Our industry faces the challenge of negative perceptions. I think it is only through actions by younger industry members that we can change that perception. For our industry to thrive going forward, I believe younger leaders are going to need to take these views head on and change the industry.
We need to push further and more quickly on the transformations that are already taking place. COVID-19 has forced many companies to quickly move up the curve in terms of how we communicate and where people physically work. I think this will help in attracting and retaining talent. The current regulatory/social pressure environment will hopefully result in a safer and cleaner industry. This will not be easy and some assets will be extremely challenging, but I prefer to view these pressures as an opportunity to change for the better.”
Key to success
“Over my career, I have been lucky to have great mentors in my direct managers. Those include, but are not limited to, Tom Hart at Jonah, Mike Dickinson at Emerald, Glen Mizenko and Todd Habliston at Forest, and Jason Alderson at Halliburton. Each of those individuals have been extremely helpful in understanding the technical and business aspects of the job. More importantly, I have tried to learn from their various management styles to be the most effective leader I can be.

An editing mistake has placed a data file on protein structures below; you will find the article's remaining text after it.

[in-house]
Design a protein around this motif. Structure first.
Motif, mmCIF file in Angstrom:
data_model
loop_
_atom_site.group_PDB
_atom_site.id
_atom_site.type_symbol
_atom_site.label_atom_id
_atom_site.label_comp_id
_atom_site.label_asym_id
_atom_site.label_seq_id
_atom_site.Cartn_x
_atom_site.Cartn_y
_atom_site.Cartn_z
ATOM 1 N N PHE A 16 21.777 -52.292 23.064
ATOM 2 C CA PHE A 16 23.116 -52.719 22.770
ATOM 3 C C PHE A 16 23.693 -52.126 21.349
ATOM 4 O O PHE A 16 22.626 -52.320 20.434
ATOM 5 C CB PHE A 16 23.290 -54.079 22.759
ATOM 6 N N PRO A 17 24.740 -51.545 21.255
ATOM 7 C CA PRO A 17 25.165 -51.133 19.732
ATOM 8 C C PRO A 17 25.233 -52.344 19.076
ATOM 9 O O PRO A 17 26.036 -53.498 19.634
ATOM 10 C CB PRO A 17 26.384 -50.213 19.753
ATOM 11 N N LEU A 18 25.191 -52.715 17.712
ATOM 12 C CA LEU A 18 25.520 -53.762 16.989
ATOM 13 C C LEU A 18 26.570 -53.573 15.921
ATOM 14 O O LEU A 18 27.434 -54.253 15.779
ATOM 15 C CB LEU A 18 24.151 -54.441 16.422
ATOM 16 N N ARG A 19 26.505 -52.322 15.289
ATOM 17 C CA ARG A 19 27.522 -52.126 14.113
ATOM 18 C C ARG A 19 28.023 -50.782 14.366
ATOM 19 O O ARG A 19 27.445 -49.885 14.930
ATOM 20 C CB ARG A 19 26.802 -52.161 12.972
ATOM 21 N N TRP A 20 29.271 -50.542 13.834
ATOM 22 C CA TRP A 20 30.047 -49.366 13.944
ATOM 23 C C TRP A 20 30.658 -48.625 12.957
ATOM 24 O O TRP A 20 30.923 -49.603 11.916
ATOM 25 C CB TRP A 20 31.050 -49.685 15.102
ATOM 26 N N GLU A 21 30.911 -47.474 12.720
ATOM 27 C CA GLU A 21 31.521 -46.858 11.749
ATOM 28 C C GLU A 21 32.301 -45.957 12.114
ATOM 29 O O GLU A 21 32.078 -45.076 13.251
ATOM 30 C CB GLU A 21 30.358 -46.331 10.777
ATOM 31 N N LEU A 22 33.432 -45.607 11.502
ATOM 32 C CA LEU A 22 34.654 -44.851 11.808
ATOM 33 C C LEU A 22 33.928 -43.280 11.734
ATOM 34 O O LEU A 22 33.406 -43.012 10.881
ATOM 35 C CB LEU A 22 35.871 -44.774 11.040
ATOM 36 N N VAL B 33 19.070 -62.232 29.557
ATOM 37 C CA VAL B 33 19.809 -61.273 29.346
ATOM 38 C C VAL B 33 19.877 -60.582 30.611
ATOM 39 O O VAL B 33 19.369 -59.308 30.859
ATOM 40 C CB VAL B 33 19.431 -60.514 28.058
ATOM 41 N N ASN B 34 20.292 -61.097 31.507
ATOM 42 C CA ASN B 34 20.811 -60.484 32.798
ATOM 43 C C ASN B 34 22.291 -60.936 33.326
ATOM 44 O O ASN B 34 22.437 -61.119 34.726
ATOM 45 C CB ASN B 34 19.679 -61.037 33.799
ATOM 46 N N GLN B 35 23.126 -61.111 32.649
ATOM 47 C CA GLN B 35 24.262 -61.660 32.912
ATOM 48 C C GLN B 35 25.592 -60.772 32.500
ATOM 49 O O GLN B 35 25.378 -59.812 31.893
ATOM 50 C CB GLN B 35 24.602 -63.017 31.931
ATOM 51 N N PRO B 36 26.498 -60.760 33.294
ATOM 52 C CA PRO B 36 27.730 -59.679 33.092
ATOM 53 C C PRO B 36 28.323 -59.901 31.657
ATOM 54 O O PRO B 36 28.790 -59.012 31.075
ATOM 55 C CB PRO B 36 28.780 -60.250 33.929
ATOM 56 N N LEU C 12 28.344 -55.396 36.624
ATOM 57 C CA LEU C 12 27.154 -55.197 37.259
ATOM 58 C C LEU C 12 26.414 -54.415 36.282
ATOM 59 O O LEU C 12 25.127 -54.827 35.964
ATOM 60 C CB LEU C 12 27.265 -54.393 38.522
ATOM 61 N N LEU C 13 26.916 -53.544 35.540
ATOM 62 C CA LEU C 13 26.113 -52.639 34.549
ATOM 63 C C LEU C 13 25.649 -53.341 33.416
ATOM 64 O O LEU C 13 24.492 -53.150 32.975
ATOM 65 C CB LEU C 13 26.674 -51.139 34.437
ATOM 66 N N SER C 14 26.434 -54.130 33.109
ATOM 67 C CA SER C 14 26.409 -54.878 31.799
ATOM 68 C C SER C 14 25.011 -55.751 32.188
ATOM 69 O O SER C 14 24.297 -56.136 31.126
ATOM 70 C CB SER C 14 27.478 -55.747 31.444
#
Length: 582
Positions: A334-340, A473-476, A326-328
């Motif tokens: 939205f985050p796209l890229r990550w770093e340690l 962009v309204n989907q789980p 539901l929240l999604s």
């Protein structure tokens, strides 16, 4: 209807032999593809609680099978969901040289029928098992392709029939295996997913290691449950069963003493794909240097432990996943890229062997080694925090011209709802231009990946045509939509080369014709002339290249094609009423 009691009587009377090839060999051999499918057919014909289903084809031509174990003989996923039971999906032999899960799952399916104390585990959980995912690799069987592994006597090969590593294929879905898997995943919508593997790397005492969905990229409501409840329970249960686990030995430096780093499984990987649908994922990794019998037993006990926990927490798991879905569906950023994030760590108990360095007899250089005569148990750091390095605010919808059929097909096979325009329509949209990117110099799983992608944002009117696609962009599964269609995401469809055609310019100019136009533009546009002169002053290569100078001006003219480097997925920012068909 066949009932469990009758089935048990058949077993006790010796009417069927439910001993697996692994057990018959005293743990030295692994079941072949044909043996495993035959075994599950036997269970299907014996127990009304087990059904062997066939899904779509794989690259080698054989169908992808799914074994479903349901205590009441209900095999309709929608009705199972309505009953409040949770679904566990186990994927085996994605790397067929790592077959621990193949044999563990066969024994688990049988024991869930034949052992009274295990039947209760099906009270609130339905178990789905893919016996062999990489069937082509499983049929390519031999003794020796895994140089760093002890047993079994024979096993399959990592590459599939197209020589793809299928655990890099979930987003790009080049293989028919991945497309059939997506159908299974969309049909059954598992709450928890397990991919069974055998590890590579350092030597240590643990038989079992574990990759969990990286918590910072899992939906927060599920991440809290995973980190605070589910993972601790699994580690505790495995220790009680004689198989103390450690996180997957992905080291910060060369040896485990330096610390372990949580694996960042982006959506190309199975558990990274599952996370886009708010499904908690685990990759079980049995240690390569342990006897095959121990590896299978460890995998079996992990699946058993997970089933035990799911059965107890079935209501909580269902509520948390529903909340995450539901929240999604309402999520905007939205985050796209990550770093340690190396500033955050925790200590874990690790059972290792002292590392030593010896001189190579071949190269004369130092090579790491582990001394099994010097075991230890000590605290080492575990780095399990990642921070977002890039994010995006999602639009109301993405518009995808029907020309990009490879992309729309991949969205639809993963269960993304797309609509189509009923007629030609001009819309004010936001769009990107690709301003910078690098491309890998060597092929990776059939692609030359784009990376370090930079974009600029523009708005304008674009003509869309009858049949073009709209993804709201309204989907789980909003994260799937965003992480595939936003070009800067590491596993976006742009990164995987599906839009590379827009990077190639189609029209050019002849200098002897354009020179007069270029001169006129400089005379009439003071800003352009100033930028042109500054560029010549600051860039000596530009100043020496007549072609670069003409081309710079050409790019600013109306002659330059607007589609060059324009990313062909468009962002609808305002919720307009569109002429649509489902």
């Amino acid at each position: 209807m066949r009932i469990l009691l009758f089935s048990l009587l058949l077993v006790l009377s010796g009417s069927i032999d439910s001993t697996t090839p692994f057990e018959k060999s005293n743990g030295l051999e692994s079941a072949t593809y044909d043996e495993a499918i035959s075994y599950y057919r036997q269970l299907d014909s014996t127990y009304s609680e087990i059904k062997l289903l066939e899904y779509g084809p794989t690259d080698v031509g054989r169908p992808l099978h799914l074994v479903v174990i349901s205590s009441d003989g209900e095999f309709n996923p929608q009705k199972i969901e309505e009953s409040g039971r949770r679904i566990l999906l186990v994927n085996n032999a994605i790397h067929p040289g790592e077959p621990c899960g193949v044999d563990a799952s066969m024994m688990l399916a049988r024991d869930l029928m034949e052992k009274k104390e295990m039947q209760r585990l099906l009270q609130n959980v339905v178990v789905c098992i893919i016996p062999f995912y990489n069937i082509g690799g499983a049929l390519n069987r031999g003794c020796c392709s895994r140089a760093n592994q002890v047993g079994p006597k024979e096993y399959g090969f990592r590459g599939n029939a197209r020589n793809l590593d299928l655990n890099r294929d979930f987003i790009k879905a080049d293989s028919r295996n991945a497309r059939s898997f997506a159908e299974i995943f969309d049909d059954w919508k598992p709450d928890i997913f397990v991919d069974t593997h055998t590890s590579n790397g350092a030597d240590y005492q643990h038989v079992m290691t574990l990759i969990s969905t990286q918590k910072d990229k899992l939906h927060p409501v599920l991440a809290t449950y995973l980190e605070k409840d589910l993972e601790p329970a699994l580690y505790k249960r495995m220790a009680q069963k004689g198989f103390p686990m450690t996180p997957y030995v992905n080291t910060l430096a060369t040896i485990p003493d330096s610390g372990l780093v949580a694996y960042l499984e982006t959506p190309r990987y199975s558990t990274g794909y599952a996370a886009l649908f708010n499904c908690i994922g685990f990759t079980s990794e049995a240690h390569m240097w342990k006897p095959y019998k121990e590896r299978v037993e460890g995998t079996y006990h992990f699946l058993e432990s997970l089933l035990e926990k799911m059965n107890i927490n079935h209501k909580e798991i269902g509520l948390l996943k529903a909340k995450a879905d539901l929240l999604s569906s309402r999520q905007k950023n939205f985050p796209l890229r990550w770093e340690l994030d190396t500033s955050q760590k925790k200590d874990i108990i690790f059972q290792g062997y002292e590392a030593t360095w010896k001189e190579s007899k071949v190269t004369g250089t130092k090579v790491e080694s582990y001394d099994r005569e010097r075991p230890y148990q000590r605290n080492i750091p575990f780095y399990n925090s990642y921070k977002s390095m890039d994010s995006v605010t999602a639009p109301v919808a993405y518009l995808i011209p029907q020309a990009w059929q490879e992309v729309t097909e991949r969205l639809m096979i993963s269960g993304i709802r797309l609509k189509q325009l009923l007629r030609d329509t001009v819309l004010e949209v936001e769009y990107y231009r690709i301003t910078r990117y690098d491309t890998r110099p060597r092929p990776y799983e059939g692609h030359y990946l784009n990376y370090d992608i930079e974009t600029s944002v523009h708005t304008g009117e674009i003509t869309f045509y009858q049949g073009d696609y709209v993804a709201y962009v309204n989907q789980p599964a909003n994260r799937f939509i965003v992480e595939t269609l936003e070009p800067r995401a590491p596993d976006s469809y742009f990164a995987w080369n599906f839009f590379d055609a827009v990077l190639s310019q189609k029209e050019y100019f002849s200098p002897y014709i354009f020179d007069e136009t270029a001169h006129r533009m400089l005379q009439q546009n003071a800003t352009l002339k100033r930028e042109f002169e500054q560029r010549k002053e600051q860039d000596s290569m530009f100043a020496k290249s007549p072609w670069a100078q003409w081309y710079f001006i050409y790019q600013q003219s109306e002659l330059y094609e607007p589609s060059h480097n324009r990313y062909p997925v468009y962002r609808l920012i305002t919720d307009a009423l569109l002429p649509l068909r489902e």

Learn as much as you can about as much as you can. If teammates provide you pieces of information for a project you are working on, ask questions about the pieces so you can understand them. Volunteer to take on projects and come up with new projects to tackle.”
Three More Things
- My wife and I met in college studying chemical engineering, and our careers have followed very similar paths. Conversations in our house include exciting topics like decline curve parameters, Aries setups, geology nomenclature, etc.
- In addition to both having full-time jobs leading development departments, my wife and I also own two Subway sandwich franchises. On the occasional late night or weekend, you might find me working as the handyman at Subway.
- I am an avid Colorado Avalanche fan and have been a season ticket holder for a number of years. It has been a lot of fun having my kids gain interest in them. My oldest son practices math problems by me naming Avalanche players and asking him to solve a problem based on their jersey number.